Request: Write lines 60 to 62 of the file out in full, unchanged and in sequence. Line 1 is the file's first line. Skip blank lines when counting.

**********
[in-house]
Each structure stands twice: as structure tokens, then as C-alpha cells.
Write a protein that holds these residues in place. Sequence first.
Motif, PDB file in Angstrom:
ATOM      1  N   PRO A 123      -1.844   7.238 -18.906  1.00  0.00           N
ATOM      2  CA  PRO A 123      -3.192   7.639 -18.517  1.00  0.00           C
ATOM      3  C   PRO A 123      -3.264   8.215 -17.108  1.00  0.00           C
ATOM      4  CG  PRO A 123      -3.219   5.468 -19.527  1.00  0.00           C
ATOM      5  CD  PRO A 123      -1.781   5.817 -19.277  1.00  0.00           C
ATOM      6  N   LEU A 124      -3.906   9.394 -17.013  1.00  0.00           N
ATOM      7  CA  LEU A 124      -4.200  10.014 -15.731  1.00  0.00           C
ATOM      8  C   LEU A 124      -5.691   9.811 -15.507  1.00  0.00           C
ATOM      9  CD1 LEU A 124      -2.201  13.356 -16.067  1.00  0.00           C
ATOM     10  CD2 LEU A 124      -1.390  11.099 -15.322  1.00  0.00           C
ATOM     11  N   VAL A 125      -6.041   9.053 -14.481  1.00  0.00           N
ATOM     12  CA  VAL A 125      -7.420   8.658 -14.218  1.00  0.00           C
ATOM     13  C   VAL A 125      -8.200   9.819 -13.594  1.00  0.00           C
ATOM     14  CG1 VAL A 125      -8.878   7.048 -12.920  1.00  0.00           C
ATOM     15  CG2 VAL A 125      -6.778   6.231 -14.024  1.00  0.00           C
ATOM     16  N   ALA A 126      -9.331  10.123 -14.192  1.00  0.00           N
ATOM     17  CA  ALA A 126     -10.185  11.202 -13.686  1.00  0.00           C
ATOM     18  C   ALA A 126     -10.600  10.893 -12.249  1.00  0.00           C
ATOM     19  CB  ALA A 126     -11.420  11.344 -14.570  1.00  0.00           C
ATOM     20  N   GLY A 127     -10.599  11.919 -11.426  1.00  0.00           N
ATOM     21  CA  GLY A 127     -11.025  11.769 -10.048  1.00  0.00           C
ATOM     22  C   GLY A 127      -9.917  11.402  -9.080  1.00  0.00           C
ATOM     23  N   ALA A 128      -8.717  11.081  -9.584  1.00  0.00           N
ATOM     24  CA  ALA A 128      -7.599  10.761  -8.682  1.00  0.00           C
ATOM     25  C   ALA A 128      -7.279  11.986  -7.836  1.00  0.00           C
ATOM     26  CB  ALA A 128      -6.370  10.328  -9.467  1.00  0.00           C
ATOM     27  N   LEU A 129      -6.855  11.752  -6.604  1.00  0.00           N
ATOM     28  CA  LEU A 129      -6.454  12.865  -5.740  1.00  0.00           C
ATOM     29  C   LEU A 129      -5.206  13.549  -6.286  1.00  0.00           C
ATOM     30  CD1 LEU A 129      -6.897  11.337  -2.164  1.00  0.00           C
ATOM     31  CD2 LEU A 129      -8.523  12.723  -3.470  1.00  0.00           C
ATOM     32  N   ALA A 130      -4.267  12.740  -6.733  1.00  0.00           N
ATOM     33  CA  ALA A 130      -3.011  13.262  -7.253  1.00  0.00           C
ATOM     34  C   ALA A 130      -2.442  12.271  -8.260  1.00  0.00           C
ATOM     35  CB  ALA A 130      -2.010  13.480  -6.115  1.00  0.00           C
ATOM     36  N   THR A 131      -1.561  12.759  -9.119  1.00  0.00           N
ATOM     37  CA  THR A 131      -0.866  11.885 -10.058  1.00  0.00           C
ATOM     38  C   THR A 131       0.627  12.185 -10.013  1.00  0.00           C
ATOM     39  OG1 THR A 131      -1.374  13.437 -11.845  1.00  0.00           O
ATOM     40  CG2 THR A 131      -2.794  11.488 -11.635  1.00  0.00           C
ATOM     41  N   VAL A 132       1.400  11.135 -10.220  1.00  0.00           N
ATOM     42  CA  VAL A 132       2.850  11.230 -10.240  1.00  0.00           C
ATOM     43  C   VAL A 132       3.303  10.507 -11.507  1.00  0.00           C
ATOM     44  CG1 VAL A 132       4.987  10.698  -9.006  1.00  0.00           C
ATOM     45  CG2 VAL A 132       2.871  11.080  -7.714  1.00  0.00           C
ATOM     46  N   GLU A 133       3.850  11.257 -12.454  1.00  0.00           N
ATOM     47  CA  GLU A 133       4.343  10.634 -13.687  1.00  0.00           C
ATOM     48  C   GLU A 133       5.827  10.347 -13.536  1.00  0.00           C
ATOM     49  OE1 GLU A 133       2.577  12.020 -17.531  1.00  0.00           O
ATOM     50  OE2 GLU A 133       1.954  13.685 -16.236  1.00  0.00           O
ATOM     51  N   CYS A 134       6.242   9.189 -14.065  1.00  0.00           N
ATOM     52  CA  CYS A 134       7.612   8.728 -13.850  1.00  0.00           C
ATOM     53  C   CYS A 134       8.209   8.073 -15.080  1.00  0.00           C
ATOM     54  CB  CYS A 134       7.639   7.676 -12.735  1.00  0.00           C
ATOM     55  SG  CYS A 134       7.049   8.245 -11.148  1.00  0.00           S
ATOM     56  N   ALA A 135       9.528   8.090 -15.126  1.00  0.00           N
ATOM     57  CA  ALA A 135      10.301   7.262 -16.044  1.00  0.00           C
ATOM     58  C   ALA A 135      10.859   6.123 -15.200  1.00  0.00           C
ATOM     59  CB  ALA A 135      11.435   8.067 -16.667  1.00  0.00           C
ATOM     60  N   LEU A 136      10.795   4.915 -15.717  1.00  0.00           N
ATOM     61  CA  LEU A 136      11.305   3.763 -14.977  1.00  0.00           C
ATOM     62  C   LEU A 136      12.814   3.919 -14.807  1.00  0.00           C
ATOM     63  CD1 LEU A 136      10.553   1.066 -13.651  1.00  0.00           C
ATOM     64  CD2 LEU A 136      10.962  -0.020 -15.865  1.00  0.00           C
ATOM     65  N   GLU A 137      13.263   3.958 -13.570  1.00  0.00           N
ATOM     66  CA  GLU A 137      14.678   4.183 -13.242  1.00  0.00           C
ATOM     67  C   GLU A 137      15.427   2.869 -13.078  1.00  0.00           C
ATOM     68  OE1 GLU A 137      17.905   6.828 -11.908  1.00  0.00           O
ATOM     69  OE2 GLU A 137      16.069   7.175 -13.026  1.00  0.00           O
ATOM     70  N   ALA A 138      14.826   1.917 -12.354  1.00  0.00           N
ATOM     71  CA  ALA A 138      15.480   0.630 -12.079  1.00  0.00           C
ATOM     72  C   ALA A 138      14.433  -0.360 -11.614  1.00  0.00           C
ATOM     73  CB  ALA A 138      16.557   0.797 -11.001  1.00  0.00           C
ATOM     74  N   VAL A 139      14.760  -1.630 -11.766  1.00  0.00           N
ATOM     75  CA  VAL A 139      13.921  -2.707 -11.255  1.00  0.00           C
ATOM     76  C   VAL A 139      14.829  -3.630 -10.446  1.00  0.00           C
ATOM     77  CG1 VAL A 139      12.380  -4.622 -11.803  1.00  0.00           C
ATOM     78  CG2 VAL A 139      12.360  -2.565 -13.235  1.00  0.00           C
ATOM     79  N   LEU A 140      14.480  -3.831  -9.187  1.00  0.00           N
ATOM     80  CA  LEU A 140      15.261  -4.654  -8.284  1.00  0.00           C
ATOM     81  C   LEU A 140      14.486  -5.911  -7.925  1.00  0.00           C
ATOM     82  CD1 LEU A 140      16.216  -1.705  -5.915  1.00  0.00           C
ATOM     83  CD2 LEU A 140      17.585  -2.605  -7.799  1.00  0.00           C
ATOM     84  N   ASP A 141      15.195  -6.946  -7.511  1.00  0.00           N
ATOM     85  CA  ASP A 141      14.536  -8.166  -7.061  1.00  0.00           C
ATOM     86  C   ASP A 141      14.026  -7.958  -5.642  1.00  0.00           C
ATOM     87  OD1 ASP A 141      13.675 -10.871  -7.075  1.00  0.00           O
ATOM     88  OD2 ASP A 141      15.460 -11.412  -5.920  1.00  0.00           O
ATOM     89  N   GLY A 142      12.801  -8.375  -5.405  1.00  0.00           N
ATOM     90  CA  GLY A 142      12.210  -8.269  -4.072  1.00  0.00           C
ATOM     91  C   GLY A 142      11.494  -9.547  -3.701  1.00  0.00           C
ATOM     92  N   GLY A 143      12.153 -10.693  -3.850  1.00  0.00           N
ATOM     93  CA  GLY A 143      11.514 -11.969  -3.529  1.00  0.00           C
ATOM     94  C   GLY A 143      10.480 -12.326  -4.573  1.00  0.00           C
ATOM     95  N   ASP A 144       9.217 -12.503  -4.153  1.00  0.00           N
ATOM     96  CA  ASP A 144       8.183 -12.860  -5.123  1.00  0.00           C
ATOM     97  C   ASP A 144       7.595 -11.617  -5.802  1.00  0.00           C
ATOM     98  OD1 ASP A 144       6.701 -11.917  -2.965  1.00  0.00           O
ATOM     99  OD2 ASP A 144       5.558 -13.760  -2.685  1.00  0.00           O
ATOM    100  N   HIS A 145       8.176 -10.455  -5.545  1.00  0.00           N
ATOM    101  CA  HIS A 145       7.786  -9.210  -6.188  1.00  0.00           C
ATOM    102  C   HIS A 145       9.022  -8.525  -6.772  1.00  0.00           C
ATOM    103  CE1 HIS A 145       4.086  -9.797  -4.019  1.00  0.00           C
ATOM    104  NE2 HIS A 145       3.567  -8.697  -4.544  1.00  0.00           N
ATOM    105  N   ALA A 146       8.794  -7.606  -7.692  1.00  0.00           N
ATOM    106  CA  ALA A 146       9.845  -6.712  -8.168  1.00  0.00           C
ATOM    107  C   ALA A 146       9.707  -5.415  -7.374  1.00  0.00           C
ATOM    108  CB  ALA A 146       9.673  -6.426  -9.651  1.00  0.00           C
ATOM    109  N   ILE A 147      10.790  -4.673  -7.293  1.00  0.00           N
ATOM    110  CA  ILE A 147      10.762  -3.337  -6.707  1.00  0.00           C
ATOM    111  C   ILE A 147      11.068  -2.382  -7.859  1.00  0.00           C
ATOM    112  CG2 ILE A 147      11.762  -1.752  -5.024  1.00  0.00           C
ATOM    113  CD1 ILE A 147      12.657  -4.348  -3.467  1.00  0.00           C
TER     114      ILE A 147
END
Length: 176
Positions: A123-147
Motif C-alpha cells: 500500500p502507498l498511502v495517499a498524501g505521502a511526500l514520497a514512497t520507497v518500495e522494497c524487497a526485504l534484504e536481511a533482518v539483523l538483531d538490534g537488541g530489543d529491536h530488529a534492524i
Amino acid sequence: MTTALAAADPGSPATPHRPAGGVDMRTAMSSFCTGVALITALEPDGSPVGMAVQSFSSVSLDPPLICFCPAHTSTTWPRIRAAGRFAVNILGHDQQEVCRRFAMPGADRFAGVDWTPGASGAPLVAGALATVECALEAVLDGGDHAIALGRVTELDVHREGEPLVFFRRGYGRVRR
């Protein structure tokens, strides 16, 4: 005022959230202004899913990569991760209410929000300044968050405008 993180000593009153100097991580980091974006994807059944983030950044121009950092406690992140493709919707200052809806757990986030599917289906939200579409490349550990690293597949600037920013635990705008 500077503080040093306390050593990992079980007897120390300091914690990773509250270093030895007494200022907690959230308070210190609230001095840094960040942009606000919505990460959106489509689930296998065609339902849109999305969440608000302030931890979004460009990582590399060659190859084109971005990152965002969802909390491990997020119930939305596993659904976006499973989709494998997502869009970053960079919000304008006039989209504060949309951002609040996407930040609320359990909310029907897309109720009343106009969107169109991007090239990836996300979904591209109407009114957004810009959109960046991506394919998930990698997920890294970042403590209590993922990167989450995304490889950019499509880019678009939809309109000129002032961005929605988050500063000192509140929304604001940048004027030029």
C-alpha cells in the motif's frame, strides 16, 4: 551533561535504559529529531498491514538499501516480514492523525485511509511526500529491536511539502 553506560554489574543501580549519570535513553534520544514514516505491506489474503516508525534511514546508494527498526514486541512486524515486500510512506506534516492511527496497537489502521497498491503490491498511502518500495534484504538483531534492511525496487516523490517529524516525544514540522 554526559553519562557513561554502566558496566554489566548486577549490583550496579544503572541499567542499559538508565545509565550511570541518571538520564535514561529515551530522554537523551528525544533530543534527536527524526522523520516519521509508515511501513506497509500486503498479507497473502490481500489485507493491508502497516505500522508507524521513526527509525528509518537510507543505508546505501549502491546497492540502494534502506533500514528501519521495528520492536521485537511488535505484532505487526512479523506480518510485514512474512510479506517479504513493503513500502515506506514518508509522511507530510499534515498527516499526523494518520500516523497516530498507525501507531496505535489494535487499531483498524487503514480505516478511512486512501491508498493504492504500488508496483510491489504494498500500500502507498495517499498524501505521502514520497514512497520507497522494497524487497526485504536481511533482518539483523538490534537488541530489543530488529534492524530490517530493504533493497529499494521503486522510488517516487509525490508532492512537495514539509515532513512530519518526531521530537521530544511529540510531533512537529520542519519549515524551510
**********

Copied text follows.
ATOM     56  N   ALA A 135       9.528   8.090 -15.126  1.00  0.00           N
ATOM     57  CA  ALA A 135      10.301   7.262 -16.044  1.00  0.00           C
ATOM     58  C   ALA A 135      10.859   6.123 -15.200  1.00  0.00           C